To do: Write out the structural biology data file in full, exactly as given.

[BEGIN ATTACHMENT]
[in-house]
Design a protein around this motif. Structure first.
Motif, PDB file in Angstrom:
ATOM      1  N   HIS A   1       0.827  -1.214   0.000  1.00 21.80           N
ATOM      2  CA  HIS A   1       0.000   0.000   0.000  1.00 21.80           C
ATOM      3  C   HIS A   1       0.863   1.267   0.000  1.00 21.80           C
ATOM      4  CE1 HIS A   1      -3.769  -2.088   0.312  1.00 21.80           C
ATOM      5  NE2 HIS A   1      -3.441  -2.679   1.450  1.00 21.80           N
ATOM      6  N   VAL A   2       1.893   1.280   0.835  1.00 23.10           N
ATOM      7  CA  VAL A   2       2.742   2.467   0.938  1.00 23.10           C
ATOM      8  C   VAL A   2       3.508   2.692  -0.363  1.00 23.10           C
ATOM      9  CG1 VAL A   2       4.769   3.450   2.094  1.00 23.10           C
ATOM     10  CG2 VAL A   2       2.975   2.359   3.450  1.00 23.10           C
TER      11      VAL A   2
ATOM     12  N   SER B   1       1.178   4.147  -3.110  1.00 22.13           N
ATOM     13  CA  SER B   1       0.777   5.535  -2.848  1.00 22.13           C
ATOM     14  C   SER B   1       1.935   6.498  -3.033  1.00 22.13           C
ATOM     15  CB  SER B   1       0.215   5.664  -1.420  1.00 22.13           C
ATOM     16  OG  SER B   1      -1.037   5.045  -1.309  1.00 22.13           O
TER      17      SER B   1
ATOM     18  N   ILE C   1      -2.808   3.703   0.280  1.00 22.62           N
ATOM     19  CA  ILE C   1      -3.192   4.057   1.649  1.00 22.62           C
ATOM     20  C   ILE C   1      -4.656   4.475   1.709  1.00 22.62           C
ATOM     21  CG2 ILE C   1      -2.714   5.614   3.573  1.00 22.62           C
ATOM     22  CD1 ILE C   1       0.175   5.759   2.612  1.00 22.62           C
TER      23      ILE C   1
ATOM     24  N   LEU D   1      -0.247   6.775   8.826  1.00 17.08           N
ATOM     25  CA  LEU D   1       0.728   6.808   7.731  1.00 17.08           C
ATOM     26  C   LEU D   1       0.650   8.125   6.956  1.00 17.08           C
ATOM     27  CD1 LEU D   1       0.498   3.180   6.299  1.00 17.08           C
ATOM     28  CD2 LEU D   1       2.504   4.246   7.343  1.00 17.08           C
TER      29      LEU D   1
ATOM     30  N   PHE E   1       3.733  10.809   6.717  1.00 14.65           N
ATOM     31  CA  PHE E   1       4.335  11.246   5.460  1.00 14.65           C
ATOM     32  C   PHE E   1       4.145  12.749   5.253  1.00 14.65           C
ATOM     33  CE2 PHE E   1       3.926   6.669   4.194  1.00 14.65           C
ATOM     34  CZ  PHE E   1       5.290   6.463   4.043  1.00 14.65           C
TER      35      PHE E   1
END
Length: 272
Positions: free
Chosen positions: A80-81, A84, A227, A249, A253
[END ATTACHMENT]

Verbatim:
[in-house]
Design a protein around this motif. Structure first.
Motif, PDB file in Angstrom:
ATOM      1  N   HIS A   1       0.827  -1.214   0.000  1.00 21.80           N
ATOM      2  CA  HIS A   1       0.000   0.000   0.000  1.00 21.80           C
ATOM      3  C   HIS A   1       0.863   1.267   0.000  1.00 21.80           C
ATOM      4  CE1 HIS A   1      -3.769  -2.088   0.312  1.00 21.80           C
ATOM      5  NE2 HIS A   1      -3.441  -2.679   1.450  1.00 21.80           N
ATOM      6  N   VAL A   2       1.893   1.280   0.835  1.00 23.10           N
ATOM      7  CA  VAL A   2       2.742   2.467   0.938  1.00 23.10           C
ATOM      8  C   VAL A   2       3.508   2.692  -0.363  1.00 23.10           C
ATOM      9  CG1 VAL A   2       4.769   3.450   2.094  1.00 23.10           C
ATOM     10  CG2 VAL A   2       2.975   2.359   3.450  1.00 23.10           C
TER      11      VAL A   2
ATOM     12  N   SER B   1       1.178   4.147  -3.110  1.00 22.13           N
ATOM     13  CA  SER B   1       0.777   5.535  -2.848  1.00 22.13           C
ATOM     14  C   SER B   1       1.935   6.498  -3.033  1.00 22.13           C
ATOM     15  CB  SER B   1       0.215   5.664  -1.420  1.00 22.13           C
ATOM     16  OG  SER B   1      -1.037   5.045  -1.309  1.00 22.13           O
TER      17      SER B   1
ATOM     18  N   ILE C   1      -2.808   3.703   0.280  1.00 22.62           N
ATOM     19  CA  ILE C   1      -3.192   4.057   1.649  1.00 22.62           C
ATOM     20  C   ILE C   1      -4.656   4.475   1.709  1.00 22.62           C
ATOM     21  CG2 ILE C   1      -2.714   5.614   3.573  1.00 22.62           C
ATOM     22  CD1 ILE C   1       0.175   5.759   2.612  1.00 22.62           C
TER      23      ILE C   1
ATOM     24  N   LEU D   1      -0.247   6.775   8.826  1.00 17.08           N
ATOM     25  CA  LEU D   1       0.728   6.808   7.731  1.00 17.08           C
ATOM     26  C   LEU D   1       0.650   8.125   6.956  1.00 17.08           C
ATOM     27  CD1 LEU D   1       0.498   3.180   6.299  1.00 17.08           C
ATOM     28  CD2 LEU D   1       2.504   4.246   7.343  1.00 17.08           C
TER      29      LEU D   1
ATOM     30  N   PHE E   1       3.733  10.809   6.717  1.00 14.65           N
ATOM     31  CA  PHE E   1       4.335  11.246   5.460  1.00 14.65           C
ATOM     32  C   PHE E   1       4.145  12.749   5.253  1.00 14.65           C
ATOM     33  CE2 PHE E   1       3.926   6.669   4.194  1.00 14.65           C
ATOM     34  CZ  PHE E   1       5.290   6.463   4.043  1.00 14.65           C
TER      35      PHE E   1
END
Length: 272
Positions: free
Chosen positions: A80-81, A84, A227, A249, A253